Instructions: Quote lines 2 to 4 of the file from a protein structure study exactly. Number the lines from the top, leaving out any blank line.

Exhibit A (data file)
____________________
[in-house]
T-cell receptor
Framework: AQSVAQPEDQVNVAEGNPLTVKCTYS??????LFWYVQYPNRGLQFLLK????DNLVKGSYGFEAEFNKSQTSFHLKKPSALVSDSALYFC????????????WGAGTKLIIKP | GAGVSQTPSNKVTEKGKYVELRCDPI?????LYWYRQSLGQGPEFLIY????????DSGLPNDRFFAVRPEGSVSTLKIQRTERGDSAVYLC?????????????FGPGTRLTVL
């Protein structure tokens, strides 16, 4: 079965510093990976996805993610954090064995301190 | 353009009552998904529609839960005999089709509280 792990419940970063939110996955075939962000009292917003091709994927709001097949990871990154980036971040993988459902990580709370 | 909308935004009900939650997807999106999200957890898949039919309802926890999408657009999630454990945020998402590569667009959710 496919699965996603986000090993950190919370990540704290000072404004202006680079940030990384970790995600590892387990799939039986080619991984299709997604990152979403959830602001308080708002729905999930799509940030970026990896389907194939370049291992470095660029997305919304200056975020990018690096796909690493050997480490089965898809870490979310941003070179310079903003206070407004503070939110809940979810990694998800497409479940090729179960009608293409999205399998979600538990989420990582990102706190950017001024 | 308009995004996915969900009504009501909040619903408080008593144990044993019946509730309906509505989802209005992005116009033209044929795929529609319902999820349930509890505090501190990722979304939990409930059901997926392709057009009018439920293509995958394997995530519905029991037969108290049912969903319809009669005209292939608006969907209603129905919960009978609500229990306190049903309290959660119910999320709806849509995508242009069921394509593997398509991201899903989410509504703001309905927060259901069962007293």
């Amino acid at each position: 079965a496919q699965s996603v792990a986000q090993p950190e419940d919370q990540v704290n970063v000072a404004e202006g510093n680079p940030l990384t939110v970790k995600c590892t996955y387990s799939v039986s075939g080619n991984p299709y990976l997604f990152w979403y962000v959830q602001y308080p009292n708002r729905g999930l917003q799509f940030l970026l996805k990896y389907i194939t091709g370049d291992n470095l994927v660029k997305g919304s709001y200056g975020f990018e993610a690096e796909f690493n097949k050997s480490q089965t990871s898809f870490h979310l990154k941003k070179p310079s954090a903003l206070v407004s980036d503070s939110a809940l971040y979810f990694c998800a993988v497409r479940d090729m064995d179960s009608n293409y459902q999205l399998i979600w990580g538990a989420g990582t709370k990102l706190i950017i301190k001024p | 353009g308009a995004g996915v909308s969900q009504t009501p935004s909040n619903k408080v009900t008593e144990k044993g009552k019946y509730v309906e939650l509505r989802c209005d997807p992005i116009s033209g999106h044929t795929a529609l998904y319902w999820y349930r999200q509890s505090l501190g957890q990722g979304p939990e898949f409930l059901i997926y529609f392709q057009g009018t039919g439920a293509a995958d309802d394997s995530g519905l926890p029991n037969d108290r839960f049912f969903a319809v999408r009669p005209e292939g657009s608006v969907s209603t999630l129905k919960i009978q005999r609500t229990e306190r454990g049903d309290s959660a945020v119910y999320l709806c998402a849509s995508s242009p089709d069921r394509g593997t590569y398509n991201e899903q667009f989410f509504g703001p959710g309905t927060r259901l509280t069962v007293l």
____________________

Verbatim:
T-cell receptor
Framework: AQSVAQPEDQVNVAEGNPLTVKCTYS??????LFWYVQYPNRGLQFLLK????DNLVKGSYGFEAEFNKSQTSFHLKKPSALVSDSALYFC????????????WGAGTKLIIKP | GAGVSQTPSNKVTEKGKYVELRCDPI?????LYWYRQSLGQGPEFLIY????????DSGLPNDRFFAVRPEGSVSTLKIQRTERGDSAVYLC?????????????FGPGTRLTVL
């Protein structure tokens, strides 16, 4: 079965510093990976996805993610954090064995301190 | 353009009552998904529609839960005999089709509280 792990419940970063939110996955075939962000009292917003091709994927709001097949990871990154980036971040993988459902990580709370 | 909308935004009900939650997807999106999200957890898949039919309802926890999408657009999630454990945020998402590569667009959710 496919699965996603986000090993950190919370990540704290000072404004202006680079940030990384970790995600590892387990799939039986080619991984299709997604990152979403959830602001308080708002729905999930799509940030970026990896389907194939370049291992470095660029997305919304200056975020990018690096796909690493050997480490089965898809870490979310941003070179310079903003206070407004503070939110809940979810990694998800497409479940090729179960009608293409999205399998979600538990989420990582990102706190950017001024 | 308009995004996915969900009504009501909040619903408080008593144990044993019946509730309906509505989802209005992005116009033209044929795929529609319902999820349930509890505090501190990722979304939990409930059901997926392709057009009018439920293509995958394997995530519905029991037969108290049912969903319809009669005209292939608006969907209603129905919960009978609500229990306190049903309290959660119910999320709806849509995508242009069921394509593997398509991201899903989410509504703001309905927060259901069962007293």